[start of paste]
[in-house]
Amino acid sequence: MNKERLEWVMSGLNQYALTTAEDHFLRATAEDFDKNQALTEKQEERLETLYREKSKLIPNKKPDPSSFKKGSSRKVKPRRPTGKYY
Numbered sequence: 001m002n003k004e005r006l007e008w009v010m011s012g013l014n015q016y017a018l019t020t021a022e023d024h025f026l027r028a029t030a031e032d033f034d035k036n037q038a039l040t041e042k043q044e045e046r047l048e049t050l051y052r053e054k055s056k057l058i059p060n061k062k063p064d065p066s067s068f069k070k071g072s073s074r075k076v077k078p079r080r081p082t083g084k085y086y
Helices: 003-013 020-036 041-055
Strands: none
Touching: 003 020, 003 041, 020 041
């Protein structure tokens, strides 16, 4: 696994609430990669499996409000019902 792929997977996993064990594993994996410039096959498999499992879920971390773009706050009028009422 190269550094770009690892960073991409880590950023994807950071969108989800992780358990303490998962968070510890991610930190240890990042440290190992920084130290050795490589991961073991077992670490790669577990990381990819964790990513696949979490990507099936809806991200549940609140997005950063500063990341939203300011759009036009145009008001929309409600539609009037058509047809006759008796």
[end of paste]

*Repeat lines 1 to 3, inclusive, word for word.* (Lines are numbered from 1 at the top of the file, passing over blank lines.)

[in-house]
Amino acid sequence: MNKERLEWVMSGLNQYALTTAEDHFLRATAEDFDKNQALTEKQEERLETLYREKSKLIPNKKPDPSSFKKGSSRKVKPRRPTGKYY
Numbered sequence: 001m002n003k004e005r006l007e008w009v010m011s012g013l014n015q016y017a018l019t020t021a022e023d024h025f026l027r028a029t030a031e032d033f034d035k036n037q038a039l040t041e042k043q044e045e046r047l048e049t050l051y052r053e054k055s056k057l058i059p060n061k062k063p064d065p066s067s068f069k070k071g072s073s074r075k076v077k078p079r080r081p082t083g084k085y086y